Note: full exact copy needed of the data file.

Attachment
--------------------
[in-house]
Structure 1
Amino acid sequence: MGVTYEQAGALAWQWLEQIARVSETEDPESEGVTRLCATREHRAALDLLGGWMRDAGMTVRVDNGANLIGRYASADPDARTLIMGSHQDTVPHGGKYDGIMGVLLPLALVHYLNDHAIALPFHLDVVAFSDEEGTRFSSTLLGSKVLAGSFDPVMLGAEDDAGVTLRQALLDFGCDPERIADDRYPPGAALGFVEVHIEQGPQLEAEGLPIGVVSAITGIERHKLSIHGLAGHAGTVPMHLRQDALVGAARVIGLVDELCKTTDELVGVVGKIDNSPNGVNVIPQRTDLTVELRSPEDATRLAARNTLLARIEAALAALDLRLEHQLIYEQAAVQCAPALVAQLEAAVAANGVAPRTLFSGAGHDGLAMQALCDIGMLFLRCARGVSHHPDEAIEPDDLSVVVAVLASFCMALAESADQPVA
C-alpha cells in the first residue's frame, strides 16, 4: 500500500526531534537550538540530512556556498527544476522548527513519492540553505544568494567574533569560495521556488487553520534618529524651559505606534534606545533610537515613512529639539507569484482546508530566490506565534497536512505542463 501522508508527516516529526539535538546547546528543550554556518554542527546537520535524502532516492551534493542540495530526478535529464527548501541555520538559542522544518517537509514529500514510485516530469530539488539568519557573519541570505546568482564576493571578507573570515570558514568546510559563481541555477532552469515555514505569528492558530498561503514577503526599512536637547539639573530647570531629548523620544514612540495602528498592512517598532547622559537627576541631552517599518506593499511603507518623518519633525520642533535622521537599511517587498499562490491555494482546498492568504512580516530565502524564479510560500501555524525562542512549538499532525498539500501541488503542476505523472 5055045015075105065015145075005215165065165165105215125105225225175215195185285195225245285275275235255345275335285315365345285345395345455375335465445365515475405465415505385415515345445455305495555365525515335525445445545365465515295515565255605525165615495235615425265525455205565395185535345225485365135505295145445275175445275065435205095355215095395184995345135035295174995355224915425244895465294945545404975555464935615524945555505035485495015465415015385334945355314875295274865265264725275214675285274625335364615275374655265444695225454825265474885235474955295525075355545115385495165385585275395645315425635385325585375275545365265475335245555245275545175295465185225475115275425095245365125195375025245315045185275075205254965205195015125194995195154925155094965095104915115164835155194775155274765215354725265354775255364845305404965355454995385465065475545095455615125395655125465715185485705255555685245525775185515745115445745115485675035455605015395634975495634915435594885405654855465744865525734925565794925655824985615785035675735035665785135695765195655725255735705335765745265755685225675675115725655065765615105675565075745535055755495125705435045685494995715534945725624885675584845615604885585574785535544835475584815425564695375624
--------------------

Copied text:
[in-house]
Structure 1
Amino acid sequence: MGVTYEQAGALAWQWLEQIARVSETEDPESEGVTRLCATREHRAALDLLGGWMRDAGMTVRVDNGANLIGRYASADPDARTLIMGSHQDTVPHGGKYDGIMGVLLPLALVHYLNDHAIALPFHLDVVAFSDEEGTRFSSTLLGSKVLAGSFDPVMLGAEDDAGVTLRQALLDFGCDPERIADDRYPPGAALGFVEVHIEQGPQLEAEGLPIGVVSAITGIERHKLSIHGLAGHAGTVPMHLRQDALVGAARVIGLVDELCKTTDELVGVVGKIDNSPNGVNVIPQRTDLTVELRSPEDATRLAARNTLLARIEAALAALDLRLEHQLIYEQAAVQCAPALVAQLEAAVAANGVAPRTLFSGAGHDGLAMQALCDIGMLFLRCARGVSHHPDEAIEPDDLSVVVAVLASFCMALAESADQPVA
C-alpha cells in the first residue's frame, strides 16, 4: 500500500526531534537550538540530512556556498527544476522548527513519492540553505544568494567574533569560495521556488487553520534618529524651559505606534534606545533610537515613512529639539507569484482546508530566490506565534497536512505542463 501522508508527516516529526539535538546547546528543550554556518554542527546537520535524502532516492551534493542540495530526478535529464527548501541555520538559542522544518517537509514529500514510485516530469530539488539568519557573519541570505546568482564576493571578507573570515570558514568546510559563481541555477532552469515555514505569528492558530498561503514577503526599512536637547539639573530647570531629548523620544514612540495602528498592512517598532547622559537627576541631552517599518506593499511603507518623518519633525520642533535622521537599511517587498499562490491555494482546498492568504512580516530565502524564479510560500501555524525562542512549538499532525498539500501541488503542476505523472 5055045015075105065015145075005215165065165165105215125105225225175215195185285195225245285275275235255345275335285315365345285345395345455375335465445365515475405465415505385415515345445455305495555365525515335525445445545365465515295515565255605525165615495235615425265525455205565395185535345225485365135505295145445275175445275065435205095355215095395184995345135035295174995355224915425244895465294945545404975555464935615524945555505035485495015465415015385334945355314875295274865265264725275214675285274625335364615275374655265444695225454825265474885235474955295525075355545115385495165385585275395645315425635385325585375275545365265475335245555245275545175295465185225475115275425095245365125195375025245315045185275075205254965205195015125194995195154925155094965095104915115164835155194775155274765215354725265354775255364845305404965355454995385465065475545095455615125395655125465715185485705255555685245525775185515745115445745115485675035455605015395634975495634915435594885405654855465744865525734925565794925655824985615785035675735035665785135695765195655725255735705335765745265755685225675675115725655065765615105675565075745535055755495125705435045685494995715534945725624885675584845615604885585574785535544835475584815425564695375624